Sydney Arts and Culture

(12.31pm 13 March 2012, Parliament House Sydney)

Today I speak about the innovative ways in which inner-city space is being used to invigorate Sydney and make it a more culturally exciting place in which to live and to visit. Imagination and creativity are fundamental to cities and to ensuring a dynamic local economy to cater for the different needs and interests of residents and visitors. From the City of Sydney's consultation about the night-time economy, the strong message received was that people want diversity at night, including extended trading hours for shops and late-night museums, galleries and libraries. Last year the Australian Museum began its fantastic Jurassic Lounge evening series, which opens the museum and its collection of skeletons, taxidermy and preserved bugs while artists and local bands perform and wine is served. Its last season attracted 22,000 people, many new to the museum, and I launched its third season in February. Crowds continue to flock to Late Night Library, in the six-star rated Surry Hills Library, for spooky storytelling, thought-provoking debates, live music, film screenings and steamy erotic fiction readings. It was recently nominated for Best Arts Event. The Customs House Library is following suit, with its very own Library Up Late program set to start soon.

Clover and Frank Howarth at Jurassic Lonuge - credit to Dean Hood Photography

Clover and Frank Howarth at Jurassic Lonuge - credit to Dean Hood Photography

Our artists need affordable space to create and develop work, and to exhibit. The City of Sydney has established artist studios in a former council depot at Woolloomooloo and in properties in the central business district, Darlinghurst, Redfern and East Sydney, which are now being used by cultural and community groups while the council determines their long-term use. The council is also seeking expressions of interest from cultural groups regarding other properties in William Street. The Paper Mill, an artist-run initiative that specialises in paper works, last year operated in a former bookshop located in a City of Sydney property in Ash Street. It did not just exhibit paper artwork but also ran events and workshops, such as zine making, screen printing and sketch club. The artist-run initiative Alaska Projects, which exhibits contemporary visual art in unconventional, unused spaces, is using the mechanic's office in the Kings Cross car park. Visitors need to search to find the location and artworks are presented in an unexpected environment, including stairwells and elevators.

Over the past few months artists groups and small creative enterprises have taken space in the council's Oxford Street properties, and council has approved the next stage of this exciting project to revitalise lower Oxford Street: the creation of live-work spaces.

Clover with Oxford Street artist and sculpture

Clover with Oxford Street artist and sculpture

The council encouraged Frasers Property to turn vacant warehouses over to artists whilst it awaited redevelopment as part of its Central Park development on the Carlton United Brewery site. The Art & About public arts festival brings art, performance and music to our streets and public spaces and, importantly, to those who might never venture into a gallery. The program is expanding, and proposals are currently being sought from artists for the 2012 festival. Since 2007, Art & About has included a live laneways temporary art program, which will continue until the end of the Sydney Festival.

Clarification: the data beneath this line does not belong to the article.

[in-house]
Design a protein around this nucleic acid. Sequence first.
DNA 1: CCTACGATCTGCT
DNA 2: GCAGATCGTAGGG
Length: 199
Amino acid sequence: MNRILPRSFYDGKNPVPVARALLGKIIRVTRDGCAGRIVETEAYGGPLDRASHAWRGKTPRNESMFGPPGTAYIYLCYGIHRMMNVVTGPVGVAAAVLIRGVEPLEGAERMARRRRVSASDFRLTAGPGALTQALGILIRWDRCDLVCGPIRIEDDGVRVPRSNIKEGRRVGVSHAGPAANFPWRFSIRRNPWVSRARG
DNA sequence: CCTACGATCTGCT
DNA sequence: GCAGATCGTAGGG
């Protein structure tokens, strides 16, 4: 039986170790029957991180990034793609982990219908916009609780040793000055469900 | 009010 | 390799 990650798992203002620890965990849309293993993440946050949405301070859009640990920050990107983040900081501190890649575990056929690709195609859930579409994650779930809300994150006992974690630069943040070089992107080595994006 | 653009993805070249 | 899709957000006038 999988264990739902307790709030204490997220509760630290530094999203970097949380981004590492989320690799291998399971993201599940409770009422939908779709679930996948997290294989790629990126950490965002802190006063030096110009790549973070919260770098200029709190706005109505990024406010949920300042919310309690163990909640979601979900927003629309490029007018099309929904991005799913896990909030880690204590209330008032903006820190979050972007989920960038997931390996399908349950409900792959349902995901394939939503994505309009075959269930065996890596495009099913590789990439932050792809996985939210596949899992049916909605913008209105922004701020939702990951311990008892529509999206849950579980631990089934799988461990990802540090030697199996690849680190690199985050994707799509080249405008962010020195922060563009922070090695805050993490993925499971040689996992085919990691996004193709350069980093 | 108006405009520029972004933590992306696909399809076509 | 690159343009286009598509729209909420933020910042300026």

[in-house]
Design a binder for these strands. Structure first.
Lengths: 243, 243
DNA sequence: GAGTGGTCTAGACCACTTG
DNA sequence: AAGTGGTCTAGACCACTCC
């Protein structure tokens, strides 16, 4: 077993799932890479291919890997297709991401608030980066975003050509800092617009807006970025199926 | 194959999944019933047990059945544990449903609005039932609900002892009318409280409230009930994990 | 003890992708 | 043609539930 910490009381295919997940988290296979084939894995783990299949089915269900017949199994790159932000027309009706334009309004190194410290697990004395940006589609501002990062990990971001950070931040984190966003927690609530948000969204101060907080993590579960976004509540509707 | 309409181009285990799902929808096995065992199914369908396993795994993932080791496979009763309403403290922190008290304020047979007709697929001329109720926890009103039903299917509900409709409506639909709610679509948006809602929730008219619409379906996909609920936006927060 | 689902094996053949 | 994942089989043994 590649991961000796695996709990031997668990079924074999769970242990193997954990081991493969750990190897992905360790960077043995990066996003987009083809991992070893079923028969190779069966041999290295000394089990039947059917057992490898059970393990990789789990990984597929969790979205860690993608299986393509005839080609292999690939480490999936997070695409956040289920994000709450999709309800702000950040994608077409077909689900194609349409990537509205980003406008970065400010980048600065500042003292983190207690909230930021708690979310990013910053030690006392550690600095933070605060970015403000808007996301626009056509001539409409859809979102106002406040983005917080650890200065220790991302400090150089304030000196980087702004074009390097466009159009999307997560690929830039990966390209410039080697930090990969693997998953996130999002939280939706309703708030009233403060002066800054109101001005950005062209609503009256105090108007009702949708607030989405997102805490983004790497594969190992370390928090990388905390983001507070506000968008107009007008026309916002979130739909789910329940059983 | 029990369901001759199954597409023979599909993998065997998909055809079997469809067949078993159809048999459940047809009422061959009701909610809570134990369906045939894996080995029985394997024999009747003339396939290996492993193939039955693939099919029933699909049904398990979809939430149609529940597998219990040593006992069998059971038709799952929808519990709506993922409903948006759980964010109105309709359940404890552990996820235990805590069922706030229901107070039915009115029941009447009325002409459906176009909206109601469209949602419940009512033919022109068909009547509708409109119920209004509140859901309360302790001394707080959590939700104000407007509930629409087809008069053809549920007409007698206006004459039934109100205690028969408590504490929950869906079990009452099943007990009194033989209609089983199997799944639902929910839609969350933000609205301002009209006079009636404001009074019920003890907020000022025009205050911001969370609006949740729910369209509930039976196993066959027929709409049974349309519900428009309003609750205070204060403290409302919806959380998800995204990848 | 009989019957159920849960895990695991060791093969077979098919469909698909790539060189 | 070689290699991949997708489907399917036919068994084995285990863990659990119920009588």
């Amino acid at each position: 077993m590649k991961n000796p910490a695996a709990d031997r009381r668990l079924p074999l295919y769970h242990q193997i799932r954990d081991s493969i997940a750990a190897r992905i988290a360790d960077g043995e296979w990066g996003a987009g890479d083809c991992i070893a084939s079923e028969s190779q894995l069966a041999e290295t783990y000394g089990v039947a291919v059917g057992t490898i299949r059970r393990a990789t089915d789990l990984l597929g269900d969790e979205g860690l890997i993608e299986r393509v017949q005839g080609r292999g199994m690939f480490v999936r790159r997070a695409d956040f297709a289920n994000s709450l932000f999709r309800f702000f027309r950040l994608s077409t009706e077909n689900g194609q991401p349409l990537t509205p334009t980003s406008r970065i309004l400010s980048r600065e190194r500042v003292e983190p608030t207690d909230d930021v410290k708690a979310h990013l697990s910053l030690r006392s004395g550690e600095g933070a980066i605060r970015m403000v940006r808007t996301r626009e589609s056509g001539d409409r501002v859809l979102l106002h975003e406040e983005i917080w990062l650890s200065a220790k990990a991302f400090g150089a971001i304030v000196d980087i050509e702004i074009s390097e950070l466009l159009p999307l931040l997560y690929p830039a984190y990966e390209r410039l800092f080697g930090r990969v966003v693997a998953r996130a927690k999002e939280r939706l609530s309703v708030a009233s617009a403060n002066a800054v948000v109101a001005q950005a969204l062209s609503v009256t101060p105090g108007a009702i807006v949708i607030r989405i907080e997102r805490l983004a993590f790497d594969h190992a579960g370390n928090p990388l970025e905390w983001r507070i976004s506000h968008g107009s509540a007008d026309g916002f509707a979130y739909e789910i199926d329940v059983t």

The Forgotten Songs installation of empty bird cages hanging in Angel Place, sounding the songs of bird species that once lived in the city's heart, has become a very popular permanent artwork. Reactivating the city's laneways, which were an underused resource, has been important to make Sydney a much more interesting and happening city. Following the inclusion in 2008 of the Liquor Amendment (Small Bars and Restaurants) Bill in State liquor laws, the inner city now has 53 small bars. This has led to a renaissance in live music. Many bars are appearing in the laneways and unexpected locations and are providing a real alternative to the heavy-drinking beer barns that used to dominate, and the violence associated with them.

The Finegrains Business Development Matching Grants Program encourages interesting small-scale enterprise and, together with the Laneway Art Program, complements other initiatives to revitalise laneways, such as creating pedestrian-friendly spaces with new lighting and paving. The council is converting the former Burton Street Tabernacles into the Eternity Playhouse—a new 200-seat theatre that will be managed by the Darlinghurst Theatre Company. This company provides opportunities for a wide range of small independent theatre companies, many of whom present work that might otherwise not be seen by Sydney audiences. The existing Darlinghurst Theatre will remain as a theatre and the council is currently investigating possible future uses for it.

Authentic culture must grow organically but there is much we can do to fertilise and stimulate that growth. The next challenge is to encourage private property owners to make their vacant spaces available for creative activities, rather than leaving them empty for long periods. The City of Sydney is currently looking at what can be done to remove obstacles and disincentives that may deter owners, but other levels of government also have a role to play. I encourage the State Government to join the City of Sydney in meeting this challenge.